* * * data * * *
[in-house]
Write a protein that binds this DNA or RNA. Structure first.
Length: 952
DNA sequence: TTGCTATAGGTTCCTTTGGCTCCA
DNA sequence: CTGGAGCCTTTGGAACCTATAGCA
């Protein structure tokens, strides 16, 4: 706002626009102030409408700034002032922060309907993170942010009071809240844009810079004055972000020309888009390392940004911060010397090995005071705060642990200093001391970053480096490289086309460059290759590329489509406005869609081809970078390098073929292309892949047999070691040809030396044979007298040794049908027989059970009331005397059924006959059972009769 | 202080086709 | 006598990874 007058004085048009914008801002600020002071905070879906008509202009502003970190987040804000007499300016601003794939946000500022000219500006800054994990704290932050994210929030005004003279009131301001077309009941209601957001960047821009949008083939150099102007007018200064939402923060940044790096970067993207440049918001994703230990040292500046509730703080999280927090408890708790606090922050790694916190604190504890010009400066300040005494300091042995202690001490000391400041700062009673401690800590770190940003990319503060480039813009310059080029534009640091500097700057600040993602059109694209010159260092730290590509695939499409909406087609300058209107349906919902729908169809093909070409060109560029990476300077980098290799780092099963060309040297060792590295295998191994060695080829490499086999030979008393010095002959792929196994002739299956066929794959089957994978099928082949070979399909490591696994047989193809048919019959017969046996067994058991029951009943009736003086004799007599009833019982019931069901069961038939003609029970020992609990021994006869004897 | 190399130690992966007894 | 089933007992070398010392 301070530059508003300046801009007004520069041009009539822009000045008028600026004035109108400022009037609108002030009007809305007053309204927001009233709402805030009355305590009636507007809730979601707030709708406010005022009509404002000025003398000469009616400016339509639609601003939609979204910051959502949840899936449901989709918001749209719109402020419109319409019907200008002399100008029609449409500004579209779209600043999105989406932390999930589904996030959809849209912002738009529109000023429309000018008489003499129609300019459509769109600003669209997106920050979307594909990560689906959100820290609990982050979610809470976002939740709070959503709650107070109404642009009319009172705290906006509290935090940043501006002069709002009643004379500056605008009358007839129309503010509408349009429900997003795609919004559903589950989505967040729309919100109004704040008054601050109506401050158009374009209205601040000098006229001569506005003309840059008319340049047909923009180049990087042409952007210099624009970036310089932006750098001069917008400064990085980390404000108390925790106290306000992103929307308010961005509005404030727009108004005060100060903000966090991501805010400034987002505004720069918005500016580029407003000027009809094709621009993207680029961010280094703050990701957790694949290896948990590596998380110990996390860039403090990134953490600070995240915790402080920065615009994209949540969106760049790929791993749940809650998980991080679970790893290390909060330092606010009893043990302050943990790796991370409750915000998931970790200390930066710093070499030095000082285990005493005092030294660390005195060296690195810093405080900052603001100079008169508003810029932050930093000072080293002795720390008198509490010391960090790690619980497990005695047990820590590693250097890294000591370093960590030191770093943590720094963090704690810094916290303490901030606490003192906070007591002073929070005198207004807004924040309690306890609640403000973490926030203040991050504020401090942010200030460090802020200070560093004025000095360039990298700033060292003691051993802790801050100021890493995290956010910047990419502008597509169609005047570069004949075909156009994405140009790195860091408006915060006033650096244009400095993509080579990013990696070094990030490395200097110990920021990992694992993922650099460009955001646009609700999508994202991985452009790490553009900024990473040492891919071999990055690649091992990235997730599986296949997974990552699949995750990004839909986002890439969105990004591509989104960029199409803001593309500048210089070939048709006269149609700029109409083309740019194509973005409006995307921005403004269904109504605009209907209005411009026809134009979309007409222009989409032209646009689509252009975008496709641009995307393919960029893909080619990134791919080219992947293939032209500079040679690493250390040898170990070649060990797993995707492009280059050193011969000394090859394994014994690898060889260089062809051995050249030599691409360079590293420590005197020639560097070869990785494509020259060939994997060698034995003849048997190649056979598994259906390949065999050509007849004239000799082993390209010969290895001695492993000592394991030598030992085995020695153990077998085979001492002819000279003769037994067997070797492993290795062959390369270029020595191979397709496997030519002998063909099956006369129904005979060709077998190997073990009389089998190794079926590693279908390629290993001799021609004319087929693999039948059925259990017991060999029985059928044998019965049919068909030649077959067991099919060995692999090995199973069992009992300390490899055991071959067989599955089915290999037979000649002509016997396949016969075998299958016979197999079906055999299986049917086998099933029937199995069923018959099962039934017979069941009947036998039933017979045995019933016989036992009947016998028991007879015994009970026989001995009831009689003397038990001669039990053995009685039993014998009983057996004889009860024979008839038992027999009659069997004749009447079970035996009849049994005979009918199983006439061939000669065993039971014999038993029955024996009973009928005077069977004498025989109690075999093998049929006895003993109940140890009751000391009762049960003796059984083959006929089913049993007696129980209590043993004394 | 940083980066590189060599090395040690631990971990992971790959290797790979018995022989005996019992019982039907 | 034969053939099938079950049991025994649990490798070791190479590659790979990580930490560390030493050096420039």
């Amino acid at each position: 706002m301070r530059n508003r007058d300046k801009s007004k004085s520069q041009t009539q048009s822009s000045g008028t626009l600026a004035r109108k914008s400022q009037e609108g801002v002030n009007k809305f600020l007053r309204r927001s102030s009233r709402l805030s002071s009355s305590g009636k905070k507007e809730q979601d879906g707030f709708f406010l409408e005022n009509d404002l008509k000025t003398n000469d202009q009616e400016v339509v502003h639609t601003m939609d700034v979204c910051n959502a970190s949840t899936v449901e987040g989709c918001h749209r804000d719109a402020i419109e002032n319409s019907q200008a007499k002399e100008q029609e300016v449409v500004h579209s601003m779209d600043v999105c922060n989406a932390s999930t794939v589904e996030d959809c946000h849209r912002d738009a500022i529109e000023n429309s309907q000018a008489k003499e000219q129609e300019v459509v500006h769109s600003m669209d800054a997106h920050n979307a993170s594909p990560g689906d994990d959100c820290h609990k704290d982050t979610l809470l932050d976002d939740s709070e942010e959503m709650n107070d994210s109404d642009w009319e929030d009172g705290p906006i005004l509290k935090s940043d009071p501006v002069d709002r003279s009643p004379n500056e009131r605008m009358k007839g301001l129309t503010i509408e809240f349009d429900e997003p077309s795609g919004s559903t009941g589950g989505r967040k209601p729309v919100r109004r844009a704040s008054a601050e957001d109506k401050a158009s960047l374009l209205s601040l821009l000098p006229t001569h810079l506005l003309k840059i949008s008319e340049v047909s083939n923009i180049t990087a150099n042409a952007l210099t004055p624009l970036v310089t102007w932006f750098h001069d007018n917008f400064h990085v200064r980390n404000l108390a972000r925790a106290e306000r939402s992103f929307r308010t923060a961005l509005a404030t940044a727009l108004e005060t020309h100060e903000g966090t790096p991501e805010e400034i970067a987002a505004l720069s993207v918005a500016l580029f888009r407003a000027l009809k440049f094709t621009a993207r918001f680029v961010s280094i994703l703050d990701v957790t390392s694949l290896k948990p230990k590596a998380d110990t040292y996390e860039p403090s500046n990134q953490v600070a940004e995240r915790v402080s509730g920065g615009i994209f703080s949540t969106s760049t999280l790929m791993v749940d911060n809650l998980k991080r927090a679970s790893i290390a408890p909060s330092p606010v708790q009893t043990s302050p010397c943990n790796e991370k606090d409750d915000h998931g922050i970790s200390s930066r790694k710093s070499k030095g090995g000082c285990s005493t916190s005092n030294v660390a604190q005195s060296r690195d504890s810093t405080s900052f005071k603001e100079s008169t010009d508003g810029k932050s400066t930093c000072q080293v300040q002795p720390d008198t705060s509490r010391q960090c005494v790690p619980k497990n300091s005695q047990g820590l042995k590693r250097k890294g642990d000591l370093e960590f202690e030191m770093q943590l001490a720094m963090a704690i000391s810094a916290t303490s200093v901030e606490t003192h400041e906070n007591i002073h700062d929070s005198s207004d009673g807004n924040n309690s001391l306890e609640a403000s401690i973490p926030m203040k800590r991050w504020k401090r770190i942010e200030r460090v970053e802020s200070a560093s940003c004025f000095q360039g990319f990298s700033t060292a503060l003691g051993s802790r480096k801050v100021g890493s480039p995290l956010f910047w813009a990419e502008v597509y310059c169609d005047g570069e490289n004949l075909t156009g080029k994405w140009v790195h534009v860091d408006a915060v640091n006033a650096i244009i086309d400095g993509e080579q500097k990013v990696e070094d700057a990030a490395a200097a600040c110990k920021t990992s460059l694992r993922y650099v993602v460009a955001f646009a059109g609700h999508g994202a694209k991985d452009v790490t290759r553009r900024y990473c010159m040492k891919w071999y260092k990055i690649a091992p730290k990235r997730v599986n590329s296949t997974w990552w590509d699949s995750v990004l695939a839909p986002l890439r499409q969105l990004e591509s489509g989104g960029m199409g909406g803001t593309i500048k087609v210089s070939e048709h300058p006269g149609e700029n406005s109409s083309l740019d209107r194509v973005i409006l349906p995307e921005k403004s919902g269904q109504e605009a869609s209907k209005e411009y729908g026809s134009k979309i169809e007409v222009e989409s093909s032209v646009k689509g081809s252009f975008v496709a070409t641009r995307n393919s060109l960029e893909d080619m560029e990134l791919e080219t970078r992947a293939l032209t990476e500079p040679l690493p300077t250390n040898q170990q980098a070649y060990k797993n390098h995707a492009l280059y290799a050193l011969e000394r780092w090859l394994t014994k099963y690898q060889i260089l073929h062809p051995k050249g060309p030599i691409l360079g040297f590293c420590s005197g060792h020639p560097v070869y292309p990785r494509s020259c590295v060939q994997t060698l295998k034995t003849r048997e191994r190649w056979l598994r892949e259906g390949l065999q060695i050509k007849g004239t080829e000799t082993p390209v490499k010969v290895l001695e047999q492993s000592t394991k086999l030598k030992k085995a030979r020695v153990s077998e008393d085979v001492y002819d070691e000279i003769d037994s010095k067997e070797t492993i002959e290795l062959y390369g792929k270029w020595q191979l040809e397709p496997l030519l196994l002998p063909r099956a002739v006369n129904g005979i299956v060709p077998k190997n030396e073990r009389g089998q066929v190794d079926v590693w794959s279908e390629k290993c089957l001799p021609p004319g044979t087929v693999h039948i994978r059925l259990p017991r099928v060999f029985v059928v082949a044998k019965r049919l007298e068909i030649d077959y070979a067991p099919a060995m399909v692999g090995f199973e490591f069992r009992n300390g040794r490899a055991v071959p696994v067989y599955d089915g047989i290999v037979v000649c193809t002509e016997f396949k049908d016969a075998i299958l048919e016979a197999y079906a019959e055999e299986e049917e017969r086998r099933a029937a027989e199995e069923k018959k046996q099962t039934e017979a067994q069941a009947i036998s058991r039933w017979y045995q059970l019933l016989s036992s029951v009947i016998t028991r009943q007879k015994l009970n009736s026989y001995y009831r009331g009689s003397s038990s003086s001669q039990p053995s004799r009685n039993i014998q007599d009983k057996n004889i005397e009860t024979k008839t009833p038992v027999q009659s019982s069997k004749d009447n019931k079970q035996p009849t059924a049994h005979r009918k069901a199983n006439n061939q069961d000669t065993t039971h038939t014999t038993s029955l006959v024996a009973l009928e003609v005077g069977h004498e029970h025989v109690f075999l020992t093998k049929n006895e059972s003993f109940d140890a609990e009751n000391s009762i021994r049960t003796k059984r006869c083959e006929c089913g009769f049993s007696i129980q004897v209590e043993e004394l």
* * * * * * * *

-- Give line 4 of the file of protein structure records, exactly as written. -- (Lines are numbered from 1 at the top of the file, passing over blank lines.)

DNA sequence: TTGCTATAGGTTCCTTTGGCTCCA